Anna Rodrigues

Black Belt 
Instagram: @a.rodjj

I started training jiu-jitsu when I was 13 years old. I have always been passionate about sports, and when I was 8 years old, I told my parents that I would be a professional athlete one day. I still didn't know which sport would be my focus—I lived in the favela and could not afford expensive sports. Expensive sports were very distant from my reality, and in the favela the affordable sports were volleyball, artistic gymnastics, and martial arts like jiu-jitsu. When I was 8 years old, I started my search for the perfect sport, but unfortunately I only found it when I was 13 years old. When I started jiu-jitsu I had already practiced many sports, but none caused as much emotion as jiu-jitsu.

What I like most about jiu-jitsu is the emotion it brings. I love the mix of feelings when I am fighting or even just thinking about the fight. Since I was a child I have been looking for the perfect feeling, and only jiu-jitsu makes me feel the perfect rush of sentiment.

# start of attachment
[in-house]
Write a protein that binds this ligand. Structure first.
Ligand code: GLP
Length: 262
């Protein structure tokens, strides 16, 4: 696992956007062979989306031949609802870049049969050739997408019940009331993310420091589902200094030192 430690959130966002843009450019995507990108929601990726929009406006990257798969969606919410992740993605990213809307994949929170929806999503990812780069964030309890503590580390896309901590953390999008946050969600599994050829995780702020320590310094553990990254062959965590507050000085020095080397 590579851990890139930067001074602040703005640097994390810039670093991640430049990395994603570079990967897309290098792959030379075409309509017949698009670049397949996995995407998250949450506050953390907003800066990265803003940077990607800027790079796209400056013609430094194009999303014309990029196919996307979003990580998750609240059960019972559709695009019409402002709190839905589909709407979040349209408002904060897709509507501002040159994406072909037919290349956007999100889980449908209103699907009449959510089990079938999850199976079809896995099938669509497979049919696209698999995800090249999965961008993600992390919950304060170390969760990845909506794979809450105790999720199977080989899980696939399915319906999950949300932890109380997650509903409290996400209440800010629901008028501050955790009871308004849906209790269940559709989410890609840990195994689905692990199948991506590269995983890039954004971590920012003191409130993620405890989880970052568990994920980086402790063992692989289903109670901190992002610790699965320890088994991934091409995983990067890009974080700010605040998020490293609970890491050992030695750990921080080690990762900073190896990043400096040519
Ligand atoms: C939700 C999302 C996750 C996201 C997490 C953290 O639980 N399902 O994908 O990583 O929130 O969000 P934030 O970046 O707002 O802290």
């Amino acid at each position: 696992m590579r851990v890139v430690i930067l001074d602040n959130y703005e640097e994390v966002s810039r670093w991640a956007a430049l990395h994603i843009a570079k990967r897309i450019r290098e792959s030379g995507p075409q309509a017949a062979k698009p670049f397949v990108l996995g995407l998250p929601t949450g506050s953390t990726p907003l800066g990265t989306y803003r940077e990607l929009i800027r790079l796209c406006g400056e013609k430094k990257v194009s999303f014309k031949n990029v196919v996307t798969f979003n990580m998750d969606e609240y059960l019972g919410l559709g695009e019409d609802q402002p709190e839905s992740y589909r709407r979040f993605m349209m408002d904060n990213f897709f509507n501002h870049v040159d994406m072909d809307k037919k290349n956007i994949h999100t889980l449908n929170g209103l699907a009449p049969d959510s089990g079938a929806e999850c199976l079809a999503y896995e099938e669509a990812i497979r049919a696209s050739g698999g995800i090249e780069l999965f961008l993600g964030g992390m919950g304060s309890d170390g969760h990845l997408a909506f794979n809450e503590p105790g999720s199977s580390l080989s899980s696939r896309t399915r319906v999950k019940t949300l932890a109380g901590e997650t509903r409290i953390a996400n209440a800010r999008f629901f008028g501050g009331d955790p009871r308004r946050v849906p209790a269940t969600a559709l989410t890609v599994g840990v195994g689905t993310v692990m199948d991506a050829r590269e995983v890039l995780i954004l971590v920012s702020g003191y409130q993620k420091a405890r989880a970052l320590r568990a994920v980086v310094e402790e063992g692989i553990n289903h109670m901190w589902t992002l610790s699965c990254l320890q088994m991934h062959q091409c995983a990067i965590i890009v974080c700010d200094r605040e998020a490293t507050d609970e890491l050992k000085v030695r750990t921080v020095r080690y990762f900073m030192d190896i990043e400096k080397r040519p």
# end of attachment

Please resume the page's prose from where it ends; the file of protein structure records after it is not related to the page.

At just 22 years old, I had already won all the biggest titles in the sport with kimino. This is a major feat, very few people have achieved it so quickly. I am also part of a revolutionary project in the sport, a project that has been changing lives and changing the sport for the better. Not only have I been successful as an athlete, but also I have had an important role in revolutionizing the sport. A very interesting part is also that at only 20 years old, I was already able to live just from jiu-jitsu. It is very difficult in the sport to live just from jiu-jitsu, even more so as a young woman.

An interesting very fact about me: I am super passionate about fashion. I have been studying fashion for almost two years, and I intend to travel the world studying more. I want to build a successful brand and be recognized outside of jiu-jitsu,as well. I love jiu-jitsu, and I have had a lot of success within the sport. I feel that the "jiu-jitsu" world is not big enough for me, and I need to expand outside the bubble of competition.